For the collective four years I have attended the University of Science and Arts of Oklahoma, I haven’t spent much time in our library. Now, I’m asking myself “why?” I met with the director of Nash Library, Kelly Brown, who has worked for the University for fifteen years. I could tell just upon emailing her how excited she was to dive into the archive section and help me through this course. As I walked into her office, I noticed a small stack of books already laid out on her desk and the moment I sat down, she was already throwing ideas at me.
Kelly continued to tell me she had to run a report in order to find the oldest book in our collection. Unlike many other libraries who probably have books from the 1600’s, or perhaps earlier, we only go as far back as the early 1800’s. Notes on the State of Virginia by Thomas Jefferson was our oldest book.
By looking at the cover, there was no way of telling what it was. Printed on the binding of the book, clearly faded, were the words “Jefferson,s Notes.” I realize that’s a comma and not an apostrophe, but for the sake of how it was printed on the book, I did not want to correct anything. The book was printed in New York and was printed for and sold by T.B. Jansen & Co.
Unfortunately because of the condition of the book’s cover, and lack of reader use on the inside, there was no recollection or idea as to who owned it before we acquired it. While I cannot tell the history of who owned it before we received it, I can explain briefly about the time period and why Jefferson wrote the Notes. The completed work of notes was actually composed in 1781 (our book is the fourth American edition). The book is simply what it sounds like – notes over everything about the state of Virginia at this time. Items such as the history of the state, society, politics, education, religion, slavery, law, and agriculture filled the pages of this book. According to the Encyclopedia Virginia website, this book “established Jefferson’s international reputation as a serious scientist, a man of letters, and the principal spokesman for his ‘country'”1.
The Indians’ Book was the book I chose to share about which showed evidence of reader use. The beautifully crafted book is full of Native American songs, collectively put together by Natalie Curtis (Burlin) in 1907. Natalie was a New York City musician and chose to go on a journey to record native songs and dances from different Native American tribes.2 As our librarian, Kelly handed me the book, I noticed how colorfully illustrated the cover was and how the design set it apart from other books – making it obvious that it was Native American. The reason I stuck with this book was because of the history it holds dear to the heart of my college.
Here at the University of Science and Arts of Oklahoma, we have a stunning bronze statue that stands in the middle of what we call “The Oval.” Te Ata, otherwise known as Mary Frances Thompson (Fisher), was a traditional Native storyteller as well as an attendee of the Oklahoma College for Women (OCW). OCW became the University of Science and Arts of Oklahoma – our state’s only liberal arts college and here we are today – continuing her story in such a modernized world.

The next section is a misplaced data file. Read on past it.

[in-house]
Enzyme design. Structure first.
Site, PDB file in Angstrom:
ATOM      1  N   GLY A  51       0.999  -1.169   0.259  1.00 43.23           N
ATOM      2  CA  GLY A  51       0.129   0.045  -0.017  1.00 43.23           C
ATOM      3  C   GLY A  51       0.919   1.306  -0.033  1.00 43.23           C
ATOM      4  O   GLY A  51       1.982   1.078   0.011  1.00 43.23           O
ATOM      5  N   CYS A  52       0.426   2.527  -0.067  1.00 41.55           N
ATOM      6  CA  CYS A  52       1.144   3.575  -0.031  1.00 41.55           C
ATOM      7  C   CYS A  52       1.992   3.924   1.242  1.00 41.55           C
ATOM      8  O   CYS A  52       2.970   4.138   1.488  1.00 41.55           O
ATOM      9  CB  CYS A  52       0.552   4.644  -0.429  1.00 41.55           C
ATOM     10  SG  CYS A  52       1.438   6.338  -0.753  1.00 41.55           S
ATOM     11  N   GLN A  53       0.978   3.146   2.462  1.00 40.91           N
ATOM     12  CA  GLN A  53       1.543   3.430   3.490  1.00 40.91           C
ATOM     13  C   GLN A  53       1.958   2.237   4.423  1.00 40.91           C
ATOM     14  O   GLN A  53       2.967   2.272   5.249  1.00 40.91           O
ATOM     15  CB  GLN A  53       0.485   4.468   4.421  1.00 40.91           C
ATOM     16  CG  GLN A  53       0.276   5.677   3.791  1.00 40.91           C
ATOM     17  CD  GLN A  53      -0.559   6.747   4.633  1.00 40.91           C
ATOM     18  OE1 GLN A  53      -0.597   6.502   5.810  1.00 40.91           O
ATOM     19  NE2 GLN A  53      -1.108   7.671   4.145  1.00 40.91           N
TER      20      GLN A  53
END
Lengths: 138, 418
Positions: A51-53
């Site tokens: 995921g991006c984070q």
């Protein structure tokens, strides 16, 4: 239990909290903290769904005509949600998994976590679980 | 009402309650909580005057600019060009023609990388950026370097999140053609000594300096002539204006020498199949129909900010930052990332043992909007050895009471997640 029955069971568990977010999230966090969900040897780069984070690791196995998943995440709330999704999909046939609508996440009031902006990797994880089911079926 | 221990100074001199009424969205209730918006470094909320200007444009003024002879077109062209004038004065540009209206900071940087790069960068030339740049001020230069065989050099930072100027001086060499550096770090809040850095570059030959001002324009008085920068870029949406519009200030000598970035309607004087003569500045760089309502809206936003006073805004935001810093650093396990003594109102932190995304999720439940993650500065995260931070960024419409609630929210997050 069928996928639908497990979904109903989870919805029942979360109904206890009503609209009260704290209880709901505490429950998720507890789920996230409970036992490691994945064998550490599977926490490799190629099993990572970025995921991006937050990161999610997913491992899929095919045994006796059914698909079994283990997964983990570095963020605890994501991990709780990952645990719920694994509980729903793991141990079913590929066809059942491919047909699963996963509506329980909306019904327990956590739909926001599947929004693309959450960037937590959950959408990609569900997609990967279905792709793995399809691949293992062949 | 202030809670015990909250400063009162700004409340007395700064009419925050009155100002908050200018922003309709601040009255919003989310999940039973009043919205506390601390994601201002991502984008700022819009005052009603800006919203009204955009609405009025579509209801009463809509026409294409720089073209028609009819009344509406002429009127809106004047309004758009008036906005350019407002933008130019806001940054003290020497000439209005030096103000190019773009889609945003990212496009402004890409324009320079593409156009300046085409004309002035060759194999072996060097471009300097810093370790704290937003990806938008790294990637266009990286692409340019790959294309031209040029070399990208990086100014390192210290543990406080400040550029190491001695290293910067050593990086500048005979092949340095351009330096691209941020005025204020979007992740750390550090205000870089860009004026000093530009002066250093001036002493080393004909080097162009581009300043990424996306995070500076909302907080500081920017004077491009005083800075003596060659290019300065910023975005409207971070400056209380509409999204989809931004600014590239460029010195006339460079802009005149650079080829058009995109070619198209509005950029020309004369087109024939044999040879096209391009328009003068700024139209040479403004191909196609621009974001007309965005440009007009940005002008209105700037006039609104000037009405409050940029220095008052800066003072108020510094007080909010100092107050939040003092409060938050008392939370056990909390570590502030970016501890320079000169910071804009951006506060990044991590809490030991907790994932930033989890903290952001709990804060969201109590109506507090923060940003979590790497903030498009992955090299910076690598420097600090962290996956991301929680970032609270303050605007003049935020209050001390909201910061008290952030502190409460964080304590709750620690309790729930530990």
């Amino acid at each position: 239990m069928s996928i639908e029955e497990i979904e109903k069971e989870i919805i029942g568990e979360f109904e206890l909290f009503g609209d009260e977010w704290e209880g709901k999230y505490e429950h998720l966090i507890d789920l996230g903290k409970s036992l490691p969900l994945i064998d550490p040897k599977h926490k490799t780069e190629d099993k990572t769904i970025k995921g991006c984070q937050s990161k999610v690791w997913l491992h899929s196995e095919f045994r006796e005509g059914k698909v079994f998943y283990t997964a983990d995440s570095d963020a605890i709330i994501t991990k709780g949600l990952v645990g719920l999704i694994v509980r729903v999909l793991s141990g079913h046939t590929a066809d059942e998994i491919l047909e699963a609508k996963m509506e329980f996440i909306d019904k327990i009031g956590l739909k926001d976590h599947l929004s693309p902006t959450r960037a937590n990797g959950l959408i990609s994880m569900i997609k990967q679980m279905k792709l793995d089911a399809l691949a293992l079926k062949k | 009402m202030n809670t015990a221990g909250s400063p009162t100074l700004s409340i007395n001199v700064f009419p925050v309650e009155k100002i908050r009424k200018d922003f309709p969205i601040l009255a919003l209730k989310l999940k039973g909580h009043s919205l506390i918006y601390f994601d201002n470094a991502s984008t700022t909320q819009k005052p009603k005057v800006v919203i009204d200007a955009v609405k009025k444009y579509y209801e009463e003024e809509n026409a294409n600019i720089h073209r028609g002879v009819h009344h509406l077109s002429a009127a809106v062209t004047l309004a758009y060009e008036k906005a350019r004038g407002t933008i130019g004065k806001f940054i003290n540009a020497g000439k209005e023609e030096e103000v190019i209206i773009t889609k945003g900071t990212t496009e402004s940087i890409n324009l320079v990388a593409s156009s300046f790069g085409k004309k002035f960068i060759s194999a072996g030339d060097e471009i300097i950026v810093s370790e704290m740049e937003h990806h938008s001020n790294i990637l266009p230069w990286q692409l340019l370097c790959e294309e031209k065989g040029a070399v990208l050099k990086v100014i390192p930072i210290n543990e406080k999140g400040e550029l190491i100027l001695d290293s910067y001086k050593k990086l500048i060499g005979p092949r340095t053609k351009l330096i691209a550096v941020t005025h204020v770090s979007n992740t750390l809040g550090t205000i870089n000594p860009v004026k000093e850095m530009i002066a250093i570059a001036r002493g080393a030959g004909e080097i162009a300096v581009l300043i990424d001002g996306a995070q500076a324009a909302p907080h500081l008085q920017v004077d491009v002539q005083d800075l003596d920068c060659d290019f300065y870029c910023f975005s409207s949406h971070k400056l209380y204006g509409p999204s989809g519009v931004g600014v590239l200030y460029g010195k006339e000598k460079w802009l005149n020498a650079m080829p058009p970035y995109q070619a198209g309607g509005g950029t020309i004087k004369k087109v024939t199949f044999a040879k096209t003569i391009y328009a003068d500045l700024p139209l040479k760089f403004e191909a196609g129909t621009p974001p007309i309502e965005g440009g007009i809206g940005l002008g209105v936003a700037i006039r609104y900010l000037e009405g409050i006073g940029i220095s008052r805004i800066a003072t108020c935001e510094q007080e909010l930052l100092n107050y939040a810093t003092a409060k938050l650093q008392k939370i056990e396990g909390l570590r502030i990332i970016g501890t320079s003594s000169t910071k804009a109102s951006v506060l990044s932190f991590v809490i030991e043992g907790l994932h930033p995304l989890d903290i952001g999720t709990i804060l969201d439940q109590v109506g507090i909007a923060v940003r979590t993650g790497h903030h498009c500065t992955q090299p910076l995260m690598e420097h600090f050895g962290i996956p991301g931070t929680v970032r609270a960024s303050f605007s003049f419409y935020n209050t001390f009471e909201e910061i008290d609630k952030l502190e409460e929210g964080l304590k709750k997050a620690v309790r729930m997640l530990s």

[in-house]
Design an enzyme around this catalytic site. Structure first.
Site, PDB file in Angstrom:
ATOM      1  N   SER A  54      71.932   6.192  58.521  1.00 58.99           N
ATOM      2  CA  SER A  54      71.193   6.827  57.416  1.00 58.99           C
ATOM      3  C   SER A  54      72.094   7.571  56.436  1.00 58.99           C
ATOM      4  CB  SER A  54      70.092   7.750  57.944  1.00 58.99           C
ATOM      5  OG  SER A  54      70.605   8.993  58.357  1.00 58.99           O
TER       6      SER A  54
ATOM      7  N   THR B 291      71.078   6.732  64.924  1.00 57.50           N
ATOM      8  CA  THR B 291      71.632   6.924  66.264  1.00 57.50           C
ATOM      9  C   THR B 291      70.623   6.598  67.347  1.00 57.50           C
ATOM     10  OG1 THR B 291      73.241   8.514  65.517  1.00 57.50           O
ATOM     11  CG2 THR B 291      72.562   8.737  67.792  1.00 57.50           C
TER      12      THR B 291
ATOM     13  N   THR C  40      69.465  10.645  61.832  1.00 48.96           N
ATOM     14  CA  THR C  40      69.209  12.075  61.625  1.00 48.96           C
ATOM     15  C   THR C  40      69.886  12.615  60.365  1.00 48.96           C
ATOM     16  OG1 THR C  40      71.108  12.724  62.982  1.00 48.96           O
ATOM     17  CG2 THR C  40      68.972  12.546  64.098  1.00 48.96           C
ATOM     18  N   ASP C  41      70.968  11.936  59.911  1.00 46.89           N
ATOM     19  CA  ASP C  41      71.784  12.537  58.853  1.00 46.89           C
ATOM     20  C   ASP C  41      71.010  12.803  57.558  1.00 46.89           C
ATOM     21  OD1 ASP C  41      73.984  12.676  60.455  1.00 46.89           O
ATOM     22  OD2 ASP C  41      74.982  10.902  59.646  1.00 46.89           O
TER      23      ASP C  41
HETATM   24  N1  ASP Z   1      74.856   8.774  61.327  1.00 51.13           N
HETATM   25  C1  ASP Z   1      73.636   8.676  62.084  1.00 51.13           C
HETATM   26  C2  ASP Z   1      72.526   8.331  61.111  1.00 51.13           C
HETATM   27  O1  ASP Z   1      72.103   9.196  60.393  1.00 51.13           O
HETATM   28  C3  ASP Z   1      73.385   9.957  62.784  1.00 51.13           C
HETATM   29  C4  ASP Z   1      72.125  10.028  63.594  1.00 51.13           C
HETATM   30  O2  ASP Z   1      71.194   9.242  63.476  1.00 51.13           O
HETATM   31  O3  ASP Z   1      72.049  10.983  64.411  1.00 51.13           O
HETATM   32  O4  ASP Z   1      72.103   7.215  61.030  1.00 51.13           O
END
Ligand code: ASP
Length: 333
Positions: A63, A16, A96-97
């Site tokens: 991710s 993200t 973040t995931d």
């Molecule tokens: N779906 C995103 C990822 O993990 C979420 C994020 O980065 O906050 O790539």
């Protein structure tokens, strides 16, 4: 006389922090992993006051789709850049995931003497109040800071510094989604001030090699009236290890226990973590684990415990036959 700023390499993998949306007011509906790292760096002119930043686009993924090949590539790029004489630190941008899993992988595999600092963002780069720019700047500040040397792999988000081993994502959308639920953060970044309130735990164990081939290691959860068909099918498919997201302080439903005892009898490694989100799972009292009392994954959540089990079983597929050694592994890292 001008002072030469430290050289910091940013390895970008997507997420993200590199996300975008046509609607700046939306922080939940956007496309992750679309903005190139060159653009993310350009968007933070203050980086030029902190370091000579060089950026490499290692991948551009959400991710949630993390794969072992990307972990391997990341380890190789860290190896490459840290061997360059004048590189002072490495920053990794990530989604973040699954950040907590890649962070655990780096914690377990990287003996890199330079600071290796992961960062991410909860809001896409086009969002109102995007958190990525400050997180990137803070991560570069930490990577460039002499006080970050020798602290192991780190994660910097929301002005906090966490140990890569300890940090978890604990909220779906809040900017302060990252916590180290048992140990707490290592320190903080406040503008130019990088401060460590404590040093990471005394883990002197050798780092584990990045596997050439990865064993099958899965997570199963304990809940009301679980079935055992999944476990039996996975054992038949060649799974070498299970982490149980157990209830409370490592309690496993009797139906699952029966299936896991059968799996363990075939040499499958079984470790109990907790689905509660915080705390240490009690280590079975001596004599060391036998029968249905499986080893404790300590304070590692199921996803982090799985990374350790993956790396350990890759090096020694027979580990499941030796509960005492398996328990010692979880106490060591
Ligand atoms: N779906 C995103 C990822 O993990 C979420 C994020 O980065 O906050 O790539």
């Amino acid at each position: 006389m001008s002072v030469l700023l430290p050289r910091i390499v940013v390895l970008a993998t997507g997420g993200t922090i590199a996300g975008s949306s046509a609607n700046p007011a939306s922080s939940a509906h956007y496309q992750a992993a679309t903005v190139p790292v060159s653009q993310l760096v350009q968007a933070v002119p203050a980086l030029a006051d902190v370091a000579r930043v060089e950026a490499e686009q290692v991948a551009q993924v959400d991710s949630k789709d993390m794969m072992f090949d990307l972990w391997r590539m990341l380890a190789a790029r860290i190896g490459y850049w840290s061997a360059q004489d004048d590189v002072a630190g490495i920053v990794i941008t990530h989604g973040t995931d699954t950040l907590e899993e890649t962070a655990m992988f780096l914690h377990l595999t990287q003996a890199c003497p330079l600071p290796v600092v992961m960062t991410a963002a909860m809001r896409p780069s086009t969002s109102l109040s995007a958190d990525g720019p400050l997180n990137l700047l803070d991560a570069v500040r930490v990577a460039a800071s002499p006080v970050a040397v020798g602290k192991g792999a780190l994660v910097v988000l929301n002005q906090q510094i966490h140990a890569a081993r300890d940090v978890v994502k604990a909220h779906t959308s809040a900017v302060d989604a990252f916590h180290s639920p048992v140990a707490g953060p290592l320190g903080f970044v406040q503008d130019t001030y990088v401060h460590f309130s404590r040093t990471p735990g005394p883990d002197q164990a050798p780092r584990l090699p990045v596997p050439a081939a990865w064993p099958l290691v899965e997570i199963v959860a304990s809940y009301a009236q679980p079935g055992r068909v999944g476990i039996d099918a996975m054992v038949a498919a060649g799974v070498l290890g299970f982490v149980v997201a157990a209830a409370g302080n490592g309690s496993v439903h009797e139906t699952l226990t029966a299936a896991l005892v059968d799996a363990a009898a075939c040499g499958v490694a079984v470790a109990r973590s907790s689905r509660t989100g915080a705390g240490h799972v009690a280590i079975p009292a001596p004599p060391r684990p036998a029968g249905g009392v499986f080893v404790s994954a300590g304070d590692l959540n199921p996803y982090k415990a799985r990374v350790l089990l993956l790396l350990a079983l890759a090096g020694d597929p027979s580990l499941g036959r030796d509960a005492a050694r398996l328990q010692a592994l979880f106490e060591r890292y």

Te Ata’s statue is one many students, faculty, and staff pass by on a daily basis, but many most likely do not know a lot about. This is something I wish to learn more about.
The Indians’ Book was a great choice because it was one which was gifted to Te Ata on Christmas of 1929 and eventually she gifted to our university. In the front cover, there is her signature. On the next page there is an ink illustration of a Native American head and by it is a signature, Chief Max Big Man – from the Crow Tribe of Montana. Te Ata is iconic to this school and adds to the history.
Along with the statue, our primary auditorium is named after her. She only wrote a small amount in the book, here and there mentioning “great song” or “wonderful book” or noting a passage was pertaining to the “spiritual side of the Indian.” We aren’t sure who owned it before Te Ata or even who gifted it to her, but she kept the book in prime condition. The look, the smell, the feel of it all feels used, but not horribly used or abused as some old books are.
Another special gift to our university was a hefty donation of 10,000 books by Dr. Richard Lowitt. He was previously a Regents professor here at USAO and taught a mixture of American History and American Literature – which explains his plethora of books in his personal library. He collected these books through his many years of teaching, as he will turn 95 in this coming February. Along with his experience of teaching, he collected the books because he knew the importance of these subjects and simply liked the topics. Dr. Lowitt first asked the University of Oklahoma if they would like his books, and upon turning him down for their overloaded library, we happily took them when he asked us. Of the 10,000 donated, Kelly is in the process of selling about 4,000 through Amazon and the other 6,000 are being worked into our library’s collection.
All three of these questions/prompts only hyped me up more to dive into the history of the stories behind these written words and those who owned them beforehand. I cannot wait to learn more and share more as I spend more time researching the past these books hold. ✥